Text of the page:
Like basically everyone I know, I face the constant struggle to stay in shape. And now that I’m a bride-to-be, the pressure is cranked up. Fortunately, I don’t really have any extra health-related goals for my wedding, because I’ve been working hard at it for several years now. My only goal is maintain maintain maintain! I think of myself as being in relatively good shape. But I didn’t get to my in-shape goals without a lot of work and a lot of trial and error. I am a girl who has struggled like everyone else to be healthy, and I really think I’ve finally found a lifestyle that works for me. So I thought I’d share the things that have worked for me. (Disclaimer: I’m not any kind of health professional. I’m just another girl trying to be healthy.)
I could probably just write one sentence to sum up all of my advice, and that would be “Make it work for you.” I apply this concept to basically everything. So with that in mind, here are my tips.
Image from Bride.net
Back in my college days, I rarely got more than five hours of sleep on any weekday night. And I sometimes got as little as three or four hours. These days, I feel only semi-functional if I get less than eight. That’s not because I’m weak now. It’s because I finally discovered what fully functional and fully rested feels like! And it’s a glorious thing.
I am typically a pretty decisive person. What can I say, I know what I like. For whatever reason, I am really struggling to make any kind of decision regarding our engagement-photo session. Basically, the only thing we have decided so far is what photographers we are going to use (Sarah & Ben). Oh, and we scheduled the engagement session. Major stress. This is the first and potentially last time Mr. Squirrel and I will have nice photos taken of just the two of us in everyday clothes. While we don’t plan to utilize these photos for the wedding, I love homes with walls covered in big photo canvases. They feel so warm and homey. Our engagement photos seem like a logical way to start this collection.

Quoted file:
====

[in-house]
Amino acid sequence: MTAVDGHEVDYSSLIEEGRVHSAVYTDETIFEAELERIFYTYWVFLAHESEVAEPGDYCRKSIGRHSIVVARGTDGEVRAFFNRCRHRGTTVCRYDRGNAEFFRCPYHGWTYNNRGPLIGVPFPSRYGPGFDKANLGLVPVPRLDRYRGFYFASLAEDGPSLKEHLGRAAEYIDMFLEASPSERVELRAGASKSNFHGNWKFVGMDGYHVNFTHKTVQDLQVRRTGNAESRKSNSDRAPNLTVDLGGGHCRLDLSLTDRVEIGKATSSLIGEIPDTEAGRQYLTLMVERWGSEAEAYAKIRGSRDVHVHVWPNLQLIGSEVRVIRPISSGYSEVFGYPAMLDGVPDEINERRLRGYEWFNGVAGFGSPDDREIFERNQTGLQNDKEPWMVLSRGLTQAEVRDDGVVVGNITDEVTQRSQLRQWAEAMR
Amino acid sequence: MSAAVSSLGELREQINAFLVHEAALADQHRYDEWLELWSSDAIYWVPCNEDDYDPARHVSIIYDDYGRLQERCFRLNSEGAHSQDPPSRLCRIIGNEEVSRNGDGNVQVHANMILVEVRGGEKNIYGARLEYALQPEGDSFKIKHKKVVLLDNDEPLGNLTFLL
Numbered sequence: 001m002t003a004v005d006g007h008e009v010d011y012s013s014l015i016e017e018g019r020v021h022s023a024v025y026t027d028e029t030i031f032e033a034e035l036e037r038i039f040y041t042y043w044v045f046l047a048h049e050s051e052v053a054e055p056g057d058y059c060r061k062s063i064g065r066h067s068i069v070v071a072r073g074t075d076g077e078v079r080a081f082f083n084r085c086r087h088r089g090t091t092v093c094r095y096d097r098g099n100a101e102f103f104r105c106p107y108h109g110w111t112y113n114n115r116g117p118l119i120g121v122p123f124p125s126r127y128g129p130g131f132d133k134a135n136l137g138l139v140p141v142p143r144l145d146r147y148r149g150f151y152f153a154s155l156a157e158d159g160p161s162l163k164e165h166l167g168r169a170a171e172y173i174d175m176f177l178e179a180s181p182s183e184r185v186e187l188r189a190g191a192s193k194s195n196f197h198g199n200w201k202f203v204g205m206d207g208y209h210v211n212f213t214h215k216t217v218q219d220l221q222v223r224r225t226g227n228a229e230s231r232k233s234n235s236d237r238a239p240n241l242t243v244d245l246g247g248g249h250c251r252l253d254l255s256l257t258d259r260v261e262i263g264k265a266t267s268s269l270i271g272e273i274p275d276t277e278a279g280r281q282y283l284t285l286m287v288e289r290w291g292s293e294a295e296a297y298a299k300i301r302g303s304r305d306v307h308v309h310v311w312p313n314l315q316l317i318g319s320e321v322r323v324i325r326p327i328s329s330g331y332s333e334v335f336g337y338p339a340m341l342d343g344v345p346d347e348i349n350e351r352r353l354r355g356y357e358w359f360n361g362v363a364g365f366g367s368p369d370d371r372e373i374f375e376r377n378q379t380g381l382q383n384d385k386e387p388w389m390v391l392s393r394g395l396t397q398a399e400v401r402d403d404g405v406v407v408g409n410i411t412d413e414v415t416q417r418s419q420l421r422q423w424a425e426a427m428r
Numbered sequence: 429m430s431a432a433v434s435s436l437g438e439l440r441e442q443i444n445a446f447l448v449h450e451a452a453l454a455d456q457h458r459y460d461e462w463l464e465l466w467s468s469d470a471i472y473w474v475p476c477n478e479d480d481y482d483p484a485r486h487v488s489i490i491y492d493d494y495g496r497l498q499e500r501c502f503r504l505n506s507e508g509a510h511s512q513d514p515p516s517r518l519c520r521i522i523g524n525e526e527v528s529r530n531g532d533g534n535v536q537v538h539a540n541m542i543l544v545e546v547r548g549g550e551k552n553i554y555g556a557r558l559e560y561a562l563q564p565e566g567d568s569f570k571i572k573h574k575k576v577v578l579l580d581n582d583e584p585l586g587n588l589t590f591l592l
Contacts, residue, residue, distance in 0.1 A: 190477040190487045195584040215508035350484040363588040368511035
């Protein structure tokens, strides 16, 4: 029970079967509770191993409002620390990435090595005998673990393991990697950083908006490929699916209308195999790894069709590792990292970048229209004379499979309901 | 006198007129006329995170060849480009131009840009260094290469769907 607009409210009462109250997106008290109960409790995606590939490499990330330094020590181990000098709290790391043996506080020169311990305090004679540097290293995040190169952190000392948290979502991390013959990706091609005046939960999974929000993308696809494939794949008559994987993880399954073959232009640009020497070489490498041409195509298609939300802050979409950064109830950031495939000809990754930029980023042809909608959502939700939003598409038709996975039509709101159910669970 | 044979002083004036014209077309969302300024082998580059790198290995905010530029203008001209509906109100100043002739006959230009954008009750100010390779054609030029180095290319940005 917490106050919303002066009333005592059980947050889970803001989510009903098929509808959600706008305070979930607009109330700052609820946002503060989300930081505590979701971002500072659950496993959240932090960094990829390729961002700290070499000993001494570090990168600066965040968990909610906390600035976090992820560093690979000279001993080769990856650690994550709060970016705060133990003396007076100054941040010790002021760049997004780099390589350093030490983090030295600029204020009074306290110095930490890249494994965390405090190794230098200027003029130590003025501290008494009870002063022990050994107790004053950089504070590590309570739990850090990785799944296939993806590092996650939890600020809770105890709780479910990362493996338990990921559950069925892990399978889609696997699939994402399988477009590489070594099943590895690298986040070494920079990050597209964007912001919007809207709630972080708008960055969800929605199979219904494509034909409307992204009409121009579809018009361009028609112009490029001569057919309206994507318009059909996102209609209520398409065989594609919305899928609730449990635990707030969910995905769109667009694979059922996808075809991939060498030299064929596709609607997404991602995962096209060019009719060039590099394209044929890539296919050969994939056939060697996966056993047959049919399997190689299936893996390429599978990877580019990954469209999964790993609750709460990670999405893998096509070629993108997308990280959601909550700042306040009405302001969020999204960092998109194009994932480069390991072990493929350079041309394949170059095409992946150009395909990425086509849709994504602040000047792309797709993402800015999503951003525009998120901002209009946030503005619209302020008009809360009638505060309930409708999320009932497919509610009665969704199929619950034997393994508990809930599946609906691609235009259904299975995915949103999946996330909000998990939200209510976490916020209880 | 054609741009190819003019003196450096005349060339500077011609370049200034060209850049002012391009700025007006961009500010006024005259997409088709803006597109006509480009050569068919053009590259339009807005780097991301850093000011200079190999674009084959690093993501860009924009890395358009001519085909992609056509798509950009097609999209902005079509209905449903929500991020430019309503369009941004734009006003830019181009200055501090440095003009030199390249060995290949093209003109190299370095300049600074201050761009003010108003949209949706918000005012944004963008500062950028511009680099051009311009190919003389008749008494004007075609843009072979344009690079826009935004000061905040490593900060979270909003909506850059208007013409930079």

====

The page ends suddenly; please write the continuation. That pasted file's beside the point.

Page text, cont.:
So here is our problem. I want it all. I love so many engagement photos. I love modern. I love vintage. I wish we could have an extended session so we can take pics in all four seasons. Props…yes, no? Dramatic night shots, sunset sunbursts—how is a couple to decide?
Deep down I think if I capture every possible idea, we are bound to find a few we like. What if we can’t really rock vintage? Maybe our casual clothes will be too boring.
So without further ado, in a perfect world, if I could capture any and every style/location/outfit/etc., these are the top 10 pictures we would have (in no particular order):
1. Cozy, rain, dog.
2. Sultry body shot (remember…perfect world).
With Groomsman/Bridesman P and Groomsman C
weddingbound shares a stunning photo from her day-after trash-the-dress session.
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By the end of the first look, Mr. W and I were very relaxed and feeling like ourselves. After the minor drama in the bridal suite, it felt great to just let go and enjoy the day with sweet, calm Mr. W. I mean, look at this guy:
The couple’s portraits were a little bit more work than I expected.
First, Mr. W makes me laugh, and I had a really hard time not laughing in all of the photos. Especially when he’s whispering goofy jokes in my ear, and when we struck some pretty awkward, unnatural poses.